I’ve said it before: without memoirs written by the man on the ground, all we would be left with would be the words of generals and upper echelon politicians seeking to make themselves out to be legends who single-handedly won or lost entire conflicts. There is a place for memoirs beyond simple entertainment and in the same spirit there is also a place for fiction.
Fiction, especially as it pertains to the telling of war, can serve several functions that memoirs cannot (and vice versa). It can illuminate certain facets of the military experience when reality might be too muddled or too chaotic to get certain points across. Fiction can also draw out and explain emotions that might not be so readily apparent in real life.
However, the population of veterans involved in fiction storytelling — be it novels, short stories, movies or television shows — is quite low, especially when compared to previous generations. For whatever reason, the culture surrounding storytellers and the veteran culture rarely overlap.
In the past, this wasn’t so much the case. Both JRR Tolkien and CS Lewis were both infantrymen in WWI, and fought in the Battle of the Somme, among other places. Ernest Hemingway wasn’t in the military but he was an ambulance driver in WWII and was wounded quite badly in the war. There are countless war poets and writers that have mastered their craft, honed their creativity, and built something that would be read, watched or played long after their deaths.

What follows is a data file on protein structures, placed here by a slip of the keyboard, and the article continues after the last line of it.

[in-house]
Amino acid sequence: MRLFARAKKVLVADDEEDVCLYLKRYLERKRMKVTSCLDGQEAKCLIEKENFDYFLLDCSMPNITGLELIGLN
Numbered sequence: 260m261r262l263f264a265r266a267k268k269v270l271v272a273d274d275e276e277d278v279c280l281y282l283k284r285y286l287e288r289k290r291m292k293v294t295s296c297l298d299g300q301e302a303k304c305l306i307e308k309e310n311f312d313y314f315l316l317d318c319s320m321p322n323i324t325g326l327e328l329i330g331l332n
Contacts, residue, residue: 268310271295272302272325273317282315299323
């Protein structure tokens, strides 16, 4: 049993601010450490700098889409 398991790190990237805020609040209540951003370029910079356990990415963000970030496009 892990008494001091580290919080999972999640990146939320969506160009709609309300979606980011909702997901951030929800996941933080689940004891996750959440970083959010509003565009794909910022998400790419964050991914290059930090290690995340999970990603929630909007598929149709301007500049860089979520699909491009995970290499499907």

This is a shame, in my opinion, as there are certain aspects of the human experience that are difficult to explain if they’re coming out of the mouth of a layperson who was not intimately involved in the subject matter of their own piece of fiction. Would I rather listen to a story about a marriage of 50 years from the perspective of a 25-year-old guy who has never had a relationship last over a year or from a man who has spent the last 50 years with his spouse? Would I rather listen to the nuances and hilarity of international travel from someone who has never left the state or from someone who leaves the country every year?
Would I rather dive into the complexities and realities of war with someone who has never experienced it or from someone who has?
So many fictitious stories revolve around the experiences veterans share, and it’s not just limited to the heat of battle either. They have an innate understanding of comradery, selflessness, serving a greater purpose, being a part of a larger machine, ethical dilemmas both internal and external from a bureaucracy and much more. These can be applied in whatever fictitious ways the author/filmmaker/playwright chooses — JRR Tolkien and CS Lewis both chose the route of fantasy for their work.
That’s not to say great fiction hasn’t been created by third parties. “Saving Private Ryan” is one of the greatest war films of all time, and Steven Spielberg isn’t a veteran. Still, Hollywood and other forms of media could use more veterans involved in the creative storytelling process.
Their experiences are so valuable, and fiction is such an impactful (and entertaining) way of siphoning those experiences into something creative, bridging the gap of understanding between them and the layperson. Not to mention, it can be a cathartic experience for the veteran too.
Featured image courtesy of the USMC